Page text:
Strangely, I’ve largely given up debating for some years now, though it was not an intentional decision. My approach in my conversations with friends on spiritual subjects these days seem to boil down to learning to speak compassionately to others so that I don’t add to their already existing pain, and perhaps help them to bear what pain they have.


  135. Dear NSP,
    I love the reading of scripture of Psalms to understand the life in Christ. But there is a kind of synthesis needed with a trusted elder to plumb the depths.

    So I ask in return how would you interpret the verse you found in Psalms with this verse in Matthew 12:48? The verse where Christ asks ‘who is my mother and brother?’. The Orthodox Church has many prayers and hymns that venerate the Theotokos, and yet when she calls to Him, He stays firm in the midst of the sinners who seek Him.

  136. NSP,
    God does not have favorites or love some “more” than others. He does love us differently – because there is no other way for love to be true and real. I have four grown children. When they were young, the question would arise from this one or that one who was loved most. I would respond, “I love Mary with a Mary-love, and Kathryn with a Kathryn-love, James with a James-love, and Clare with a Clare-love. Each was unique and could only be loved in a unique way. Some days, it was easier for one than another – but I am a sinner.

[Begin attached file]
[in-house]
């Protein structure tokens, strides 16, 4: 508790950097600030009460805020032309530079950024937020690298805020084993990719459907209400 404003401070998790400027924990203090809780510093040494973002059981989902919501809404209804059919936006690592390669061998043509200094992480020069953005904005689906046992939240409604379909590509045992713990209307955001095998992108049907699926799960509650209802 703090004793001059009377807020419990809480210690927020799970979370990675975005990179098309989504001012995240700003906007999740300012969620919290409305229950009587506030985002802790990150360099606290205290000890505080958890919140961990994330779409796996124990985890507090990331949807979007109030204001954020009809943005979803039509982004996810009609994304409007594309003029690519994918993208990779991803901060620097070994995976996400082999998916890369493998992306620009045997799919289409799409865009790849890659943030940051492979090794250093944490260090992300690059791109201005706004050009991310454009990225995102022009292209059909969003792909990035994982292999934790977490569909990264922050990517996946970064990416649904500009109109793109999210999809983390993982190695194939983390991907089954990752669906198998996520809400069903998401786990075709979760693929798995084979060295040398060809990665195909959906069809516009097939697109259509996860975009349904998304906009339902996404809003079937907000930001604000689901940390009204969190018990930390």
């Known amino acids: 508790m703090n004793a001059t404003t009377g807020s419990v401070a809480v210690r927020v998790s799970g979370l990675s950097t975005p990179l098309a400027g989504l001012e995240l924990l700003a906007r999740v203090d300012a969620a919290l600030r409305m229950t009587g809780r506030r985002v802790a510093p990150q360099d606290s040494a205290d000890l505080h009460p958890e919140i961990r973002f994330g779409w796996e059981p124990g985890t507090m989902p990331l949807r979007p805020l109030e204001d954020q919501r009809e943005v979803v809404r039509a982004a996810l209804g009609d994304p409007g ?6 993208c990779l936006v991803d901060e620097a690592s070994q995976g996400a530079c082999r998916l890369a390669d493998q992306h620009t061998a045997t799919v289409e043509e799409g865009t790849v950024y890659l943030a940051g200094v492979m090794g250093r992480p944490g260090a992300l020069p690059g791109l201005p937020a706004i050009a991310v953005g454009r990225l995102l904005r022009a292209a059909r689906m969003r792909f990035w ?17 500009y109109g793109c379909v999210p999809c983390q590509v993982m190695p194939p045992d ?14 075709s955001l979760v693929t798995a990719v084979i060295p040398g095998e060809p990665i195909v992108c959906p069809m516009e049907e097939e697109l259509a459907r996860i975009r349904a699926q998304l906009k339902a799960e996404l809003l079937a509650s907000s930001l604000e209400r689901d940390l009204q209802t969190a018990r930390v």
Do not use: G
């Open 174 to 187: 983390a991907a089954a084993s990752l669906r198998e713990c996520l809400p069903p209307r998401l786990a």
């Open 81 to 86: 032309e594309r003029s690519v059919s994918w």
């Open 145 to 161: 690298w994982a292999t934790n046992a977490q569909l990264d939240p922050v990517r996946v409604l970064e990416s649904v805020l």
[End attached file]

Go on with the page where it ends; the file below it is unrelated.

Generally, when I see the language of “favorite” in the Psalms, I know we are either speaking of Christ (male) or His Mother (female). By extension (as we participate in them, such language can also be applied to us.